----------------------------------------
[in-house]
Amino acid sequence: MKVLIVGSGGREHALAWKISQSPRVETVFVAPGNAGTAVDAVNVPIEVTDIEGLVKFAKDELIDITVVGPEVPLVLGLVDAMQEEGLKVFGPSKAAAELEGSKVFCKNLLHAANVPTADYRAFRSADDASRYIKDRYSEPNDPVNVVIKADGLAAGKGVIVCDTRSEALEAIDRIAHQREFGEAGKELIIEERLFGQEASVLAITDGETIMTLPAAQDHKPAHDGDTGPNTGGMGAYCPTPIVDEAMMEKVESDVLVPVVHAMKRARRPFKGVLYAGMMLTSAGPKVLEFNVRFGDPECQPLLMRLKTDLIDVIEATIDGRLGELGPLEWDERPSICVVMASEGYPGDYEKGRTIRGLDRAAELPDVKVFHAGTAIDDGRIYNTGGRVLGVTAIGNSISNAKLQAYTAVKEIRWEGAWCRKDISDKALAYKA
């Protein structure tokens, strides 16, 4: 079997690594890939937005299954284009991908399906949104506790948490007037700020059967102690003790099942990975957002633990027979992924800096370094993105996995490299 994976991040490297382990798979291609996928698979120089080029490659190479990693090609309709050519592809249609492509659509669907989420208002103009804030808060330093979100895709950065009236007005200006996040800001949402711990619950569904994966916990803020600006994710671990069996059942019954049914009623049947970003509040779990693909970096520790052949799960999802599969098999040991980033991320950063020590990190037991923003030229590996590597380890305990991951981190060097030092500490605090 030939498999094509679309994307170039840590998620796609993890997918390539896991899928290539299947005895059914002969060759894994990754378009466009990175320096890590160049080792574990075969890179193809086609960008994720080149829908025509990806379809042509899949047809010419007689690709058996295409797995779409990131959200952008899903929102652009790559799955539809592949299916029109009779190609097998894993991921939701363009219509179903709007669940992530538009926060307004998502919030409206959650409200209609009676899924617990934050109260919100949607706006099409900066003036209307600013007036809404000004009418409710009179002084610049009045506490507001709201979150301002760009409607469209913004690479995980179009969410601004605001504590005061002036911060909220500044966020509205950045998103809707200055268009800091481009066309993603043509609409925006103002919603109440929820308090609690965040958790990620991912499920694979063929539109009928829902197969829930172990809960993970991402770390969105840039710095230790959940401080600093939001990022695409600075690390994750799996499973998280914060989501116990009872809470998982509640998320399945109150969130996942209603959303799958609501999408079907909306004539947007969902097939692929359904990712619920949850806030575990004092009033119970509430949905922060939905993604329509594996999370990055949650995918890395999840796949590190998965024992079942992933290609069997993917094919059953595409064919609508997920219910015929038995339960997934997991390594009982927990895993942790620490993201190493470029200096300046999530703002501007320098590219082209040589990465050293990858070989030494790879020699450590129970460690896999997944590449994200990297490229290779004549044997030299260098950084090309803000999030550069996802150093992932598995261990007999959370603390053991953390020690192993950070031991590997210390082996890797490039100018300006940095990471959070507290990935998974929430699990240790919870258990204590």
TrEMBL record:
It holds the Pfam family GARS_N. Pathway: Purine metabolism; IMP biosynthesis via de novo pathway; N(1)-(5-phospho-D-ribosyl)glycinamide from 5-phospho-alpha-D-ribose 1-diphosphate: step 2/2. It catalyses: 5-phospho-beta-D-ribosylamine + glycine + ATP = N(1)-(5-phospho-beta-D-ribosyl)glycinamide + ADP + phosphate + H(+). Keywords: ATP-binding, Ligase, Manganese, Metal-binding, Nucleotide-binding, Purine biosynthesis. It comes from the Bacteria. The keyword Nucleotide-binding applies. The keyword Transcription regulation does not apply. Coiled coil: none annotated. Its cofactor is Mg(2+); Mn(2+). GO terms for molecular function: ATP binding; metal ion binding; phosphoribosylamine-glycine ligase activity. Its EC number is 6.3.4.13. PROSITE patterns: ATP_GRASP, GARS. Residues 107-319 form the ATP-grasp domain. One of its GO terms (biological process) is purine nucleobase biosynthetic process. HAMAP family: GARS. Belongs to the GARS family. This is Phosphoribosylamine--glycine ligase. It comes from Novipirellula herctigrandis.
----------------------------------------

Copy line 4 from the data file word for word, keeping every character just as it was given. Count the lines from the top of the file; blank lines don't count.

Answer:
TrEMBL record: